Saturday 28 April 2012

Something for the Weekend 7

Most weekends BI-Gen will take a break from the world of family history news and wander into other areas. This ‘Something for the Weekend’ feature will give myself and others the chance to vent their spleens with an opinion-piece, to recommend a product or research technique, or to simply show-off their expertise! Who knows what will find its way onto the blog?

If you’ve an idea, run it past me - I'd really like to hear from you. There is no need to be an expert, a published author, or qualified in any way. If you've got something interesting to say, get in touch with me at .

This week we examine a minority area of interest ...

The English Diaspora

Now there’s a phrase you don’t hear very often. “The English Diaspora”. Irish, Scottish, African and, of course, Jewish – yes. But English?

Last weekend I made one of my rare visits to a genealogy seminar purely on the strength of the lead talk, teasingly entitled ‘Why do we not talk about an English Diaspora?’ It was part of an afternoon’s get-together at Northumbria University on the subject of ‘The Search for the Missing England’.

The one hour talk was given by Professor Don MacRaild, Principal Investigator with the team recently assembled to look into this very subject (see Professor MacRaild specialises in the social histories of migrations and has held several appropriate posts around the world rendering him especially useful for this curious project.

I cannot hope to do the talk nor the topic justice in this short piece, and would urge you to visit the website (and perhaps even join their mailing list). However, consider some of these points:

  • Do genealogists deliberately look for Celtic ancestors at the expense of their English forebears?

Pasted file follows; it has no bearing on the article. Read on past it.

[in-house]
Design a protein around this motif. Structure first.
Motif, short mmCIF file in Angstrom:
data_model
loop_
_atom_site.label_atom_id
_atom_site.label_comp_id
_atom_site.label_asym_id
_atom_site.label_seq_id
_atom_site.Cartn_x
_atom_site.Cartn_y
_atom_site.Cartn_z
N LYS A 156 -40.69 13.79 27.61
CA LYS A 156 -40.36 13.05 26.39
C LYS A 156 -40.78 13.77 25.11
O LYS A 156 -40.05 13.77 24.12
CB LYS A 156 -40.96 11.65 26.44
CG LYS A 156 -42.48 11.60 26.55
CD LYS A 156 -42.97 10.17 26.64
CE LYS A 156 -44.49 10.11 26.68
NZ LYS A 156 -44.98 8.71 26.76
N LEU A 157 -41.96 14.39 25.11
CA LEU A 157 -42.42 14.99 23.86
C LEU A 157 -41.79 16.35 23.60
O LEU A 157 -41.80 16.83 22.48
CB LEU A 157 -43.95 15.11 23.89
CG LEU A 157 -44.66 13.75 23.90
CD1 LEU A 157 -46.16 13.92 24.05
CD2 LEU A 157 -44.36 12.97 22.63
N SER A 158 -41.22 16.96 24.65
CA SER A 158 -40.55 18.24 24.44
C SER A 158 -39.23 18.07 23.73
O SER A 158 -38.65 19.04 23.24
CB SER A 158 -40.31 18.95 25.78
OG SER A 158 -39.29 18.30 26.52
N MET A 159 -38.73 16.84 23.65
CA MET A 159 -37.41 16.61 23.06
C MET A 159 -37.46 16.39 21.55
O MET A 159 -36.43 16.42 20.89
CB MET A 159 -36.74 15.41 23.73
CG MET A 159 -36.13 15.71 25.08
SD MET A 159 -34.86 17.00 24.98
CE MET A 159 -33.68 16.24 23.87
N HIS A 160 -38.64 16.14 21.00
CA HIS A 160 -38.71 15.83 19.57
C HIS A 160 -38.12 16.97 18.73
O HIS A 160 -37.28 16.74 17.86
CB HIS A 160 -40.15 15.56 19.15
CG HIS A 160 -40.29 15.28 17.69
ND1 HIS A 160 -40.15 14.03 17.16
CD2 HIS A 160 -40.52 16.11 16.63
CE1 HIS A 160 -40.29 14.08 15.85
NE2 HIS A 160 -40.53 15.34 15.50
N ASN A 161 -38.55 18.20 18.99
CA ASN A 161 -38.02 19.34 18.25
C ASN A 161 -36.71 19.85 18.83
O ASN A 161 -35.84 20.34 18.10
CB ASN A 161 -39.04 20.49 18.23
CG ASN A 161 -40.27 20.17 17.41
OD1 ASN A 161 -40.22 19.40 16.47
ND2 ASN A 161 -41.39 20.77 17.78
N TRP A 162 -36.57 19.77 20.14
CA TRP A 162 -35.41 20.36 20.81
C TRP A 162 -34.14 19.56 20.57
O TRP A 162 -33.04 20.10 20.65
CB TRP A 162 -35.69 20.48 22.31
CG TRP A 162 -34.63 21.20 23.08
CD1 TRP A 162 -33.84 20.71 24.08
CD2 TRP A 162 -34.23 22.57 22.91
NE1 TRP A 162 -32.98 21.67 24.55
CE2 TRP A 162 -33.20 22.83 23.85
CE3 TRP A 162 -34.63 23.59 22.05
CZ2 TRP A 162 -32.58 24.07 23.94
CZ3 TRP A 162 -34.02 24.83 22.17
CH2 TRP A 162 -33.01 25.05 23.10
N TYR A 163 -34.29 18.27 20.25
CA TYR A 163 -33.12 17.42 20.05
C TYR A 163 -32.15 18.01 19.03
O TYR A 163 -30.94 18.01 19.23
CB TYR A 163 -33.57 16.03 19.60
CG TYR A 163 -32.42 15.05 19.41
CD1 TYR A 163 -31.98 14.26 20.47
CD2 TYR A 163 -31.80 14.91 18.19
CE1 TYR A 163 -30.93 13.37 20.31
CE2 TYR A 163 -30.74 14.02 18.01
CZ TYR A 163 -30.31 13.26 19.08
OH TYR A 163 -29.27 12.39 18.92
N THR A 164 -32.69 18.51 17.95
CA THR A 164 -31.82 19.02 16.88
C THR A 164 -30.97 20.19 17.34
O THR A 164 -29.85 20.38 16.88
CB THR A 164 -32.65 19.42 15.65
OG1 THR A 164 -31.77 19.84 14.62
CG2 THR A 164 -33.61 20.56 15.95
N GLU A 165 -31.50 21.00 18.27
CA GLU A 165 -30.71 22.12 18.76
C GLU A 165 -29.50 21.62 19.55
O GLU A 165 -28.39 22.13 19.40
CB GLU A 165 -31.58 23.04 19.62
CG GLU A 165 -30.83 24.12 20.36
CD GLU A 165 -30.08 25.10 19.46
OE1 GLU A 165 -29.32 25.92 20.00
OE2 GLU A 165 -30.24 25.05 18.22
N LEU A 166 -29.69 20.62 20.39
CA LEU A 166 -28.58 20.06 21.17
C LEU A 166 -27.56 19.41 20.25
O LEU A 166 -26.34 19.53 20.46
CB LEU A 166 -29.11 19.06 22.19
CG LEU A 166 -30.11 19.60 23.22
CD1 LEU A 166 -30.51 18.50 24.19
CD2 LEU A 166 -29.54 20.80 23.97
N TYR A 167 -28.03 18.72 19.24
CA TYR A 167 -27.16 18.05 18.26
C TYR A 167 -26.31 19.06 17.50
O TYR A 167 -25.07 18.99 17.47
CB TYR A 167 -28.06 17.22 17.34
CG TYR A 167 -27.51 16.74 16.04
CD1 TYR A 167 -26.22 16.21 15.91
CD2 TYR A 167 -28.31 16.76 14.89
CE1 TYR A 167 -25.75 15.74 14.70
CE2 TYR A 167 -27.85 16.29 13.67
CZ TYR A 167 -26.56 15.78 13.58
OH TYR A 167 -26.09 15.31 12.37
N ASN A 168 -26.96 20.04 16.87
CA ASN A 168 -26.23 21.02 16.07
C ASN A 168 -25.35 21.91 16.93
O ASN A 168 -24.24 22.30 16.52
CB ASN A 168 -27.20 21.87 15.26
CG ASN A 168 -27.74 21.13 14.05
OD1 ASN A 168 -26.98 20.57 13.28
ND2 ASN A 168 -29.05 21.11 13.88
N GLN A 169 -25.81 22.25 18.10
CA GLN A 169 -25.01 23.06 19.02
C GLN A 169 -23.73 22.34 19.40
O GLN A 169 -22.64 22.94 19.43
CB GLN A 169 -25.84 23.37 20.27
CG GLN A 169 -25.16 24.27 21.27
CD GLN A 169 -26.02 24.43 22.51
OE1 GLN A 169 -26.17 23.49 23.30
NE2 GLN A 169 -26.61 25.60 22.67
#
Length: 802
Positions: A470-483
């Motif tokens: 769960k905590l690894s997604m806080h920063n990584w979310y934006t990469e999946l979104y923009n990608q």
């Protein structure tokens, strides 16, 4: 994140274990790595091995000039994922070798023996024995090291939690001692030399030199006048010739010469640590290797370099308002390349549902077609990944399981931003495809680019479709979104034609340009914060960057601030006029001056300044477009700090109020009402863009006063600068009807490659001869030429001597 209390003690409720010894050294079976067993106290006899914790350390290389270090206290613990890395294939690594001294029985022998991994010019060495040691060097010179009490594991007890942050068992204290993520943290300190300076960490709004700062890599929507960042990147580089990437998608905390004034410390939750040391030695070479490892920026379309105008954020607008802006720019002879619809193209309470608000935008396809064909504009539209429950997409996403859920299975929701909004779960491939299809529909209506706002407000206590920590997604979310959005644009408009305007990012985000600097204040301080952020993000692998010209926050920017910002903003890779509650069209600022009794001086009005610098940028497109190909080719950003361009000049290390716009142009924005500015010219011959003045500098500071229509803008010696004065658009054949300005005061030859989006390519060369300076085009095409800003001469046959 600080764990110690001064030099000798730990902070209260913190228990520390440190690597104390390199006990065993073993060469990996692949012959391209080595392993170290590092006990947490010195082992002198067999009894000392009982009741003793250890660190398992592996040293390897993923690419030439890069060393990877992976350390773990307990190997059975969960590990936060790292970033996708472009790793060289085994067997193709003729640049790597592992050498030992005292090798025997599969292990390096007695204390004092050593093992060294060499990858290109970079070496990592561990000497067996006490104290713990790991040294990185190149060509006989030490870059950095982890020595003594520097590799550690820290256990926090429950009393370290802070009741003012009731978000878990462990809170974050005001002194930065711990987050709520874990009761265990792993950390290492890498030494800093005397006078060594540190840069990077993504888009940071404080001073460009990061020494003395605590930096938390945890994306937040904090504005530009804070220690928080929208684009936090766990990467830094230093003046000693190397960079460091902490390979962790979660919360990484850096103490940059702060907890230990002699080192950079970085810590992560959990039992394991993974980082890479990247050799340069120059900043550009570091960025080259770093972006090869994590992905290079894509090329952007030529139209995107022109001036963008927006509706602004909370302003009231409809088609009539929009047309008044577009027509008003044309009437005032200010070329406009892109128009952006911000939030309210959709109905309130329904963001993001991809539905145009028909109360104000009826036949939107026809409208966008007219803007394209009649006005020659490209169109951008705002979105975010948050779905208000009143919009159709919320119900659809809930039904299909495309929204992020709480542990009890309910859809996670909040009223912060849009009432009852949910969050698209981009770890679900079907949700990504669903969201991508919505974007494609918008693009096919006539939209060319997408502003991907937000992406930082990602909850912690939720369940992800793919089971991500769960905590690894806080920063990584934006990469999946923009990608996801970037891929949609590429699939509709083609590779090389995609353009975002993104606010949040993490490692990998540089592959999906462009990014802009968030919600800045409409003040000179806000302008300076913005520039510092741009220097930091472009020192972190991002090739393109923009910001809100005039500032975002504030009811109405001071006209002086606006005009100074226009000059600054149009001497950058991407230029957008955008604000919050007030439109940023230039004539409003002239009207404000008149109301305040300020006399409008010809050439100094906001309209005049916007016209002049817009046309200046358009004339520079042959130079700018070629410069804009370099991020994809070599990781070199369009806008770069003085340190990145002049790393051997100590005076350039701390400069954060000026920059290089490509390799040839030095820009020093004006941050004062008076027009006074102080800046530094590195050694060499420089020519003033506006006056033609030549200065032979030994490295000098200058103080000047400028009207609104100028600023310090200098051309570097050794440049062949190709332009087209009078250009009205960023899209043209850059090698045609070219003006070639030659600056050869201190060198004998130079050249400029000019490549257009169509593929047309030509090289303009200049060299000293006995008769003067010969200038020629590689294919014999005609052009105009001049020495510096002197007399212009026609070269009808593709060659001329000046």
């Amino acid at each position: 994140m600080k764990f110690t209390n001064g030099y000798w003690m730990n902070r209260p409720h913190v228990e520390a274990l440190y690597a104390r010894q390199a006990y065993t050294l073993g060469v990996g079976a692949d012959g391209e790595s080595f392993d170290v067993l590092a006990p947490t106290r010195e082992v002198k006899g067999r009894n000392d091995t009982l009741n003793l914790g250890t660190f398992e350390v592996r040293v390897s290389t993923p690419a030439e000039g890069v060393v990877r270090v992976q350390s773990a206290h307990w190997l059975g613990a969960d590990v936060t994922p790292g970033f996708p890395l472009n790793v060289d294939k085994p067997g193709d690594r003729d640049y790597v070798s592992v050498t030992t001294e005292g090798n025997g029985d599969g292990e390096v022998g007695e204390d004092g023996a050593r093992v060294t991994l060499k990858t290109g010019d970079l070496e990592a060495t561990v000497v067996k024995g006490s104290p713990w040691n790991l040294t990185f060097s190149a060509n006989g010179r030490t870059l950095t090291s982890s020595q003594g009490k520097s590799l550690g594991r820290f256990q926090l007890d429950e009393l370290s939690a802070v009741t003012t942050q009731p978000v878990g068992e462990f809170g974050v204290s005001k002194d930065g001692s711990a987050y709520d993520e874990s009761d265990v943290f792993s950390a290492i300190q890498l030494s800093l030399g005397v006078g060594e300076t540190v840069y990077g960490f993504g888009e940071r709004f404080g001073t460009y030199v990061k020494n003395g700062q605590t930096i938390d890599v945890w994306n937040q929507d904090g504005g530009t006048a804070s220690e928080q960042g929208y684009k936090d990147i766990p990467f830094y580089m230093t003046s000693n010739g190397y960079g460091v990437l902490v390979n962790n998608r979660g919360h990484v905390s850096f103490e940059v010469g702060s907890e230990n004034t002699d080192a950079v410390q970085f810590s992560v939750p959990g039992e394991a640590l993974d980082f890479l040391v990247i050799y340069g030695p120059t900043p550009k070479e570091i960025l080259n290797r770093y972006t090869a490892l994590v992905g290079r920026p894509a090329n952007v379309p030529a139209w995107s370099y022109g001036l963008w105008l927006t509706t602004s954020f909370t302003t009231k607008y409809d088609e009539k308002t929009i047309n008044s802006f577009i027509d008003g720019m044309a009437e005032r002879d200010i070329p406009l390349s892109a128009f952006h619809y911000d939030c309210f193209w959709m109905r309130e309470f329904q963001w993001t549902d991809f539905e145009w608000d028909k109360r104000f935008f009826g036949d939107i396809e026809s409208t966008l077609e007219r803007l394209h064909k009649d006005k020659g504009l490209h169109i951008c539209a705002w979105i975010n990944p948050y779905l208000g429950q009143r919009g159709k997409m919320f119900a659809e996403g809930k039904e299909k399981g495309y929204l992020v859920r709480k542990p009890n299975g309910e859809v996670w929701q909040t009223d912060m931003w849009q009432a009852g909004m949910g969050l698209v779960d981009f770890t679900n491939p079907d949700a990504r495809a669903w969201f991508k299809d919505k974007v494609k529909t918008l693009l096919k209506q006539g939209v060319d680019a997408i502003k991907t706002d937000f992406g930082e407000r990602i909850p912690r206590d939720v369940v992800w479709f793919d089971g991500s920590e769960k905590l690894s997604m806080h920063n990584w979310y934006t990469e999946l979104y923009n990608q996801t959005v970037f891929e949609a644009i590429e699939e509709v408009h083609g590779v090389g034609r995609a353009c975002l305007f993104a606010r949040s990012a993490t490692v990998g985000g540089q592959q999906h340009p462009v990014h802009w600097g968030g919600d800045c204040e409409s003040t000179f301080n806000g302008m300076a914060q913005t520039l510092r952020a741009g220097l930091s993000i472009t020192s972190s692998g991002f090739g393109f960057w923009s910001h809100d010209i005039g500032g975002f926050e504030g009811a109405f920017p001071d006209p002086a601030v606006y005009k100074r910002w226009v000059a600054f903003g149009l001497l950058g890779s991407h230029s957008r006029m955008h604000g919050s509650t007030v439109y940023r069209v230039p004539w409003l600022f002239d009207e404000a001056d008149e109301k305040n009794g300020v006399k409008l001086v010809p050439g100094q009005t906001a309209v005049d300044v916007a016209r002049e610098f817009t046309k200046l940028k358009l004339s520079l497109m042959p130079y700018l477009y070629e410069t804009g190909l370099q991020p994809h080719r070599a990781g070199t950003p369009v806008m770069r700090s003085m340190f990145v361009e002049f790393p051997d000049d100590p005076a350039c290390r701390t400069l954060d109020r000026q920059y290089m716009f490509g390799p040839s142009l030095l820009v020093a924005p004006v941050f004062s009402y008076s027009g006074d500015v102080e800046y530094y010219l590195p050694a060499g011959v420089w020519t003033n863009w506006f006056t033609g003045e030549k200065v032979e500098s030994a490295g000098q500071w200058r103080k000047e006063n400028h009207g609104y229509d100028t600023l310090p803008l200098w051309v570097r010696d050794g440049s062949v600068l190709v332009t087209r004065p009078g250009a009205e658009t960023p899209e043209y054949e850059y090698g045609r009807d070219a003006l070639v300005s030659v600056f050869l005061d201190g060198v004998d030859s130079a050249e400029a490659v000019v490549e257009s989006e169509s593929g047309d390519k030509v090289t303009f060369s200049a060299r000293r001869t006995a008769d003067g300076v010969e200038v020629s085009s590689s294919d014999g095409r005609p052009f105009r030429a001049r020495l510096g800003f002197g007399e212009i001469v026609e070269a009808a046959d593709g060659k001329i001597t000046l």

• English culture, tradition and practices have spread at least as widely across the globe as those of the Celts (and probably much more so).
  • English colonists vastly outnumbered those of Celtic origin almost everywhere.
  • In pretty much all migrations to foreign shores, it was the English who got there first – to be followed later by the Scots, Irish and Welsh.

So why, then, is there no concept of an English Diaspora?

The question fascinated me. And the answer, it seems, is simply that the English, in spreading the British way of life throughout the Empire, simply got there first (in general, anyway). On arrival, they imposed their ‘ways’, then along came the Celts – who then found themselves in a minority under overseas ‘English’ rule. They then became and/or considered themselves ‘different’ to the existing English colonists (and may even have been treated as such), and thence determined to maintain a sort of ‘independence’ from the ruling English.

Result: English = imperialistic, Celts = diasporic.

And that is how it stayed, forever. Despite half-baked attempts at ‘St.George’s’ societies, ‘Sons of England’ organisations, and ‘Anglo-Saxon lodges’ – as well as the successful introduction of many organised English sports – the idea of an ‘English Diaspora’ just never took off abroad.

If, as seems likely, the English are soon to find themselves on their own as a country, will this lead to a resurgence of interest in what it means to be English – both at home and, er, abroad?

Oh, and BTW, the audience for the talk totalled a measly ten – a fact not lost on the speaker, who must wonder if he’s fighting a losing battle.

Interesting, though.

Mick Southwick

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